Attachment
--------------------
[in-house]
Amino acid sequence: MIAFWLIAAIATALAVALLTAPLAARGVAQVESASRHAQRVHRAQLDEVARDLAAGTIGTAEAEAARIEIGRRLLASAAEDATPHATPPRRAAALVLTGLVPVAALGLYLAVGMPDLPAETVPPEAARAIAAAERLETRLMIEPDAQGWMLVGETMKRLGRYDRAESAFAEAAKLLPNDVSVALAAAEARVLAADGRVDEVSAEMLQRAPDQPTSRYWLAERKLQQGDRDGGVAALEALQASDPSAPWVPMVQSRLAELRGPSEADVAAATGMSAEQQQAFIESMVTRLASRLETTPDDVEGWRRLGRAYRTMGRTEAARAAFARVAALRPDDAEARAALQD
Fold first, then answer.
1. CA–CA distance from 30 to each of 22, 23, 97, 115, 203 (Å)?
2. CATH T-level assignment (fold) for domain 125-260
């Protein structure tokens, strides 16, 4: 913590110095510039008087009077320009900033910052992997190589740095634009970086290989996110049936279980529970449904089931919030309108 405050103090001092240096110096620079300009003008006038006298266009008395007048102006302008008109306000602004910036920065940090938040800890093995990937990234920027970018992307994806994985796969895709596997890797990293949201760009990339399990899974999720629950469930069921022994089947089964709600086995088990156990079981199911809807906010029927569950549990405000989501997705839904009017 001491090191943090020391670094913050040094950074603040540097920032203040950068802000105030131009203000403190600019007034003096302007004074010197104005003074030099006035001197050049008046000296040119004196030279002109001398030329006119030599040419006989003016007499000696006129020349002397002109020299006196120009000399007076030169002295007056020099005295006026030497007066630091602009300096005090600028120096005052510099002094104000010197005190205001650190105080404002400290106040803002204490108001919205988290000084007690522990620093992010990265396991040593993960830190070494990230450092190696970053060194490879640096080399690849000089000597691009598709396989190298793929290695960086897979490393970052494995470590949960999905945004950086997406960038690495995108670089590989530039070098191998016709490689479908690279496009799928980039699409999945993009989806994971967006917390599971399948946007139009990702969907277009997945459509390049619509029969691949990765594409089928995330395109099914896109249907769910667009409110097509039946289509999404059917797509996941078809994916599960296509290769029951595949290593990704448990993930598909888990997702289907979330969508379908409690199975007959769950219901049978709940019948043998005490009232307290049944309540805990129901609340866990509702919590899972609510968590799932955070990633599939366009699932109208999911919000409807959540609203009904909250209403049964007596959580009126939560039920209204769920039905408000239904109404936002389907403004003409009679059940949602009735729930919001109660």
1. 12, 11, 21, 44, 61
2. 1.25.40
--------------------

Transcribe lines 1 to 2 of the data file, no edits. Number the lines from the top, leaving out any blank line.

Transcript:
[in-house]
Amino acid sequence: MIAFWLIAAIATALAVALLTAPLAARGVAQVESASRHAQRVHRAQLDEVARDLAAGTIGTAEAEAARIEIGRRLLASAAEDATPHATPPRRAAALVLTGLVPVAALGLYLAVGMPDLPAETVPPEAARAIAAAERLETRLMIEPDAQGWMLVGETMKRLGRYDRAESAFAEAAKLLPNDVSVALAAAEARVLAADGRVDEVSAEMLQRAPDQPTSRYWLAERKLQQGDRDGGVAALEALQASDPSAPWVPMVQSRLAELRGPSEADVAAATGMSAEQQQAFIESMVTRLASRLETTPDDVEGWRRLGRAYRTMGRTEAARAAFARVAALRPDDAEARAALQD